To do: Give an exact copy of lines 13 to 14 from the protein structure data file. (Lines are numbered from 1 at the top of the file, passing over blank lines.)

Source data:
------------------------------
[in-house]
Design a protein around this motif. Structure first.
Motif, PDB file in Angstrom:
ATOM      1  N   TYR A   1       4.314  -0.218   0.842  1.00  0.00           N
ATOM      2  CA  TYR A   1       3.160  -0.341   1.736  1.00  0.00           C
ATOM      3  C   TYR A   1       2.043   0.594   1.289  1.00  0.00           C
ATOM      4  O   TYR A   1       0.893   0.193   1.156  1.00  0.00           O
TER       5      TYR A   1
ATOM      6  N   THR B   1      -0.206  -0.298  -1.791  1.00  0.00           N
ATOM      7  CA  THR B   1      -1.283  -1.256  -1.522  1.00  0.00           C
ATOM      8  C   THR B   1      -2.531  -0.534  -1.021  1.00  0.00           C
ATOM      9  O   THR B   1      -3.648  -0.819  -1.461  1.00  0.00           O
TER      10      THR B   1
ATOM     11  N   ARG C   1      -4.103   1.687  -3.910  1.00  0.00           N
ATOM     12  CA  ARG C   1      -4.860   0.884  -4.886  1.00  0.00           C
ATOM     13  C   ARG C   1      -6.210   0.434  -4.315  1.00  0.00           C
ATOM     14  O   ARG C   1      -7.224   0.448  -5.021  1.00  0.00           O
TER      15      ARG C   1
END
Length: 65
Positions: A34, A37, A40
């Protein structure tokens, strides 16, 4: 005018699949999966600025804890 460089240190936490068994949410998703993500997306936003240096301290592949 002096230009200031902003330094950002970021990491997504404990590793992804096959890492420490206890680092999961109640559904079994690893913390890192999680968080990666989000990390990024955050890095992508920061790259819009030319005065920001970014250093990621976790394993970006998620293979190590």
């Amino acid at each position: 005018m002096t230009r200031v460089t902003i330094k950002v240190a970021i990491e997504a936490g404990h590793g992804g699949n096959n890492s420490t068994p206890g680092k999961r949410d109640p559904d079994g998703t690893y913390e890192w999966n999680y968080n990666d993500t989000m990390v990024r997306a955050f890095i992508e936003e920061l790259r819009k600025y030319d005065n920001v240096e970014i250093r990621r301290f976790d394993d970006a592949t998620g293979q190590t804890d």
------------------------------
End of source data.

TER      10      THR B   1
ATOM     11  N   ARG C   1      -4.103   1.687  -3.910  1.00  0.00           N